A friend of mine who’s a friend of Rush Limbaugh told me that when Rush dropped his daily TV show, which was very successful, and moved from NYC to Florida, his loss in income from the lucrative TV show was less than his gain in after-tax income from moving to Florida.

Now I understand why it’s called the Laffer Curve, since, despite my tumultuous relationship with Mr. Limbaugh, I giggled a little when I read that.

Similar tradeoffs have come into the public eye recently as well- I mean, who among us hasn’t stopped to consider the tax implications of Lebron James leaving Ohio for state-income-tax-free Miami-Wade county? (Hee.) Stephen Colbert almost has it right:

This Thursday LeBron James begins his free agency, and he’s being courted by Chicago, Miami, Dallas, New Jersey and the L.A. Clippers. Of course, according to the NBA rules, those teams can only offer him $95 million over five years, while his current team, the Cleveland Cavaliers, can give him $125 million over six years, meaning we will soon have the answer to the eternal question: would anyone choose to live in Cleveland for $30 million?

What he forgot is that the differential is smaller given the differences in tax rates. Granted, athletes have to pay state incomes taxes for the states in which they play away games (not even kidding, and apparently states are cracking down on this in order to generate some cash). Now, last I heard, LeBron’s numbers weren’t finalized, and technically the maximum is $96 million rather than $95 million, so let’s compare $96 million to the 5-year Cleveland amount of $104 million. (Yes, I realize that there is value in the guarantee of the sixth year, but let’s not make things difficult.) So he’s missing out on $8 million pre-tax, but he is saving somewhere in the neighborhood of 6 percent on half of his income by being based in Florida. So let’s see, 6 percent of half of $96 million is…drumroll…$2.88, let’s say $3 million. (Gotta love how i just turned an amount that is likely larger than my annual compensation into rounding error.) By this calculation, he’s still out $5 million by choosing Florida…but he’s up some sandy white beaches and hot Latina women and down some, well, depressing rusty bridges and cold winters. (Before you go jumping down my throat, keep in mind I grew up in Miami but most of my family lives outside of Clevelend. Feel free to call LeBron “econgirl 2.0″…on second thought, don’t.)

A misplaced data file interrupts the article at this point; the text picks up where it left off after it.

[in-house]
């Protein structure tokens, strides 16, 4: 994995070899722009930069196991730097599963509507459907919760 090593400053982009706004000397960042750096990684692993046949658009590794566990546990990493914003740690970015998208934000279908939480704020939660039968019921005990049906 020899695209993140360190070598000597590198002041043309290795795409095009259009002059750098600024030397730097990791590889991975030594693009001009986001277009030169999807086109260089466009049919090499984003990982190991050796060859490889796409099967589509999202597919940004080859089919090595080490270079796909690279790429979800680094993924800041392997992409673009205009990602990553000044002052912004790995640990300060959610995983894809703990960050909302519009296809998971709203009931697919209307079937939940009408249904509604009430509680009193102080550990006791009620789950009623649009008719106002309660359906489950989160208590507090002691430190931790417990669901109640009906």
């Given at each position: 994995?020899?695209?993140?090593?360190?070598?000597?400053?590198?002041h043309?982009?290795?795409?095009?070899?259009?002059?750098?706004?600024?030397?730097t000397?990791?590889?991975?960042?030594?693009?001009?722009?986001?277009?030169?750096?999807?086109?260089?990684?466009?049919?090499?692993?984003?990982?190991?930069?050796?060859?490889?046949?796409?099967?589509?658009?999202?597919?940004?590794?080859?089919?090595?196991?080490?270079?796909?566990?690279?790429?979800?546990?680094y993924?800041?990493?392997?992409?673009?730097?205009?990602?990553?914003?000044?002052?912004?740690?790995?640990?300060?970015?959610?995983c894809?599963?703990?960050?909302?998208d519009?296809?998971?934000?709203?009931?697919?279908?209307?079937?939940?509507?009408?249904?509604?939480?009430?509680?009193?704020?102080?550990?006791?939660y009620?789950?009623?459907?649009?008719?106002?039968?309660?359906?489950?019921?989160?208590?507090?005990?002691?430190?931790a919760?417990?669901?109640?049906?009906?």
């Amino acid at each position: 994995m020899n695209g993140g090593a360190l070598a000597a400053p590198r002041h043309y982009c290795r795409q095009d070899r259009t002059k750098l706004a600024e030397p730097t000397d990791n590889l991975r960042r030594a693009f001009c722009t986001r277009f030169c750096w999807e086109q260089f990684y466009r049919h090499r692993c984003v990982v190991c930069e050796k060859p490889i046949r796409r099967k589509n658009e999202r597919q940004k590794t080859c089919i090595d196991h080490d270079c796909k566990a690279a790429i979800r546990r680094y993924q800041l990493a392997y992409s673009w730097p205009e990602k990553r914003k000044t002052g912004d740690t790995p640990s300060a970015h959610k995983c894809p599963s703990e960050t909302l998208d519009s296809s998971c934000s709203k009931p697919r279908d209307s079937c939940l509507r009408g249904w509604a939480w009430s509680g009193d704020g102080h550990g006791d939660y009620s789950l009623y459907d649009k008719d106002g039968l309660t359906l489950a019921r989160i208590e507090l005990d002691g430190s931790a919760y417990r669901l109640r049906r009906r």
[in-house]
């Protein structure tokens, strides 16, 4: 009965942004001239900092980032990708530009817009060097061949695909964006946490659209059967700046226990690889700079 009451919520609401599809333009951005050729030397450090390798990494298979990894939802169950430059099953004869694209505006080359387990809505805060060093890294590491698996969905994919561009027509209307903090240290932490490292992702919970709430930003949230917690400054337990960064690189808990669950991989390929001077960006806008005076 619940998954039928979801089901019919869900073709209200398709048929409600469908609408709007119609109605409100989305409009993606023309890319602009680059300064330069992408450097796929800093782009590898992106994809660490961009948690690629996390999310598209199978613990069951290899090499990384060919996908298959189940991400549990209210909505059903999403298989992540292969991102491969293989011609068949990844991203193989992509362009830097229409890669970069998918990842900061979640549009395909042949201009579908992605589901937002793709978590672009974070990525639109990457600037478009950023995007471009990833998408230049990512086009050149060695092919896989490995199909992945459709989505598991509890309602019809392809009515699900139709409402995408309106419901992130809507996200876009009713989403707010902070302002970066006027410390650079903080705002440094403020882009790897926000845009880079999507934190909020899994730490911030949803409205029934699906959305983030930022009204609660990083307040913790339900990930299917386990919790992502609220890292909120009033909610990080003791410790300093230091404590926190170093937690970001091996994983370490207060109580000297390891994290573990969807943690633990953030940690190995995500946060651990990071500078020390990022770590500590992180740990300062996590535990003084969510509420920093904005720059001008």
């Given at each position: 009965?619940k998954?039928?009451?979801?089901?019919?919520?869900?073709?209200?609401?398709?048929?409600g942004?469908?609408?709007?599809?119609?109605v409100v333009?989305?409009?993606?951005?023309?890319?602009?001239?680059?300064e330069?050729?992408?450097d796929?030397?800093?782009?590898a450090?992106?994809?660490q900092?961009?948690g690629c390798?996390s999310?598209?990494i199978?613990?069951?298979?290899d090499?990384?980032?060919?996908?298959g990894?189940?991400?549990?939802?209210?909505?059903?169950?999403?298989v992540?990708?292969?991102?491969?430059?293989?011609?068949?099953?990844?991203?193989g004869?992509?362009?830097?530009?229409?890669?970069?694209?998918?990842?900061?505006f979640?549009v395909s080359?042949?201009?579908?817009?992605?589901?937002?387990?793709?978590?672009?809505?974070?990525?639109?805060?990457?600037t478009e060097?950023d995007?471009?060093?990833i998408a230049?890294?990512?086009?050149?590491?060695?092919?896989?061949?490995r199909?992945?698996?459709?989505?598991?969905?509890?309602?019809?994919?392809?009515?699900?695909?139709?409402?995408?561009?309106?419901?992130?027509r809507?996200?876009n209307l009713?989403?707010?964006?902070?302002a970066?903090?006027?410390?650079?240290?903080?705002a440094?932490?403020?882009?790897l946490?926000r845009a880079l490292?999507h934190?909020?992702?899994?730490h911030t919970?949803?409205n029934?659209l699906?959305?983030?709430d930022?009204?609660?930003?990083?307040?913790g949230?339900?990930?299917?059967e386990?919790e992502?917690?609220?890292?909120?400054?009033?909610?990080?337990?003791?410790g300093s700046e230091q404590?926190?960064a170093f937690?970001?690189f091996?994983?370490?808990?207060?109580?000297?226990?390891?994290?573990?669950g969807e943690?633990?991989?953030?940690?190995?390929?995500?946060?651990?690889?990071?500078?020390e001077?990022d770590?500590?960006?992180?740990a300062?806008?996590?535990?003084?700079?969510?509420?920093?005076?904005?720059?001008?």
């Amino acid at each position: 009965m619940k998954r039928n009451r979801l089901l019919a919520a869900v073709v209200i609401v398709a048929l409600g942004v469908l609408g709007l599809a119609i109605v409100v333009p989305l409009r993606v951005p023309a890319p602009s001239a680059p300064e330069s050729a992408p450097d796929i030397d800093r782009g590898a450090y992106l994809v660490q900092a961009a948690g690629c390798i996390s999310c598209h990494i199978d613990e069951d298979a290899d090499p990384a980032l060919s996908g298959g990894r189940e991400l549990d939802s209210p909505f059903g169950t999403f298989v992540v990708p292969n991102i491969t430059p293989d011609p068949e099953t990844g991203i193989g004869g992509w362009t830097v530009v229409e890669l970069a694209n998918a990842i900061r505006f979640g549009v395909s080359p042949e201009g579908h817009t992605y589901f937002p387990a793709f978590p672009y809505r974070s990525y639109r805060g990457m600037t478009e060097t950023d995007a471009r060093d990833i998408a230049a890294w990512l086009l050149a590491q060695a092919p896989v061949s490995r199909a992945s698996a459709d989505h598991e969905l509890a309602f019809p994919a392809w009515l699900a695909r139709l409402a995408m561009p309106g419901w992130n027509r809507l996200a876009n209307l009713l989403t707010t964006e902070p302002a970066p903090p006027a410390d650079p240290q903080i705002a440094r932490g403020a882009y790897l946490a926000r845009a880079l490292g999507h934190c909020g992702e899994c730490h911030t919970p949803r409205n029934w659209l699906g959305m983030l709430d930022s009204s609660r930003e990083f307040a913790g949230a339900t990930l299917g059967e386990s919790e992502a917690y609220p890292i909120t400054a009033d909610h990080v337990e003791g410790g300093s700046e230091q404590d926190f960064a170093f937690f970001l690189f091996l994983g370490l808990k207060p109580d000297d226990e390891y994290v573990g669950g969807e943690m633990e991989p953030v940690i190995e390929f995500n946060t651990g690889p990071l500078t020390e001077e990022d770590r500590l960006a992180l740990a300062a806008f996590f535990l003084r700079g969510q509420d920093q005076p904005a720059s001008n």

There’s also another piece of the puzzle to consider- LeBron also keeps some more cash in his pocket from his endorsement income, and if this is large enough he could actually do better financially in Miami than in Cleveland. Or at least he could as long as the NBA doesn’t follow the NFL’s lead and start moving games to London: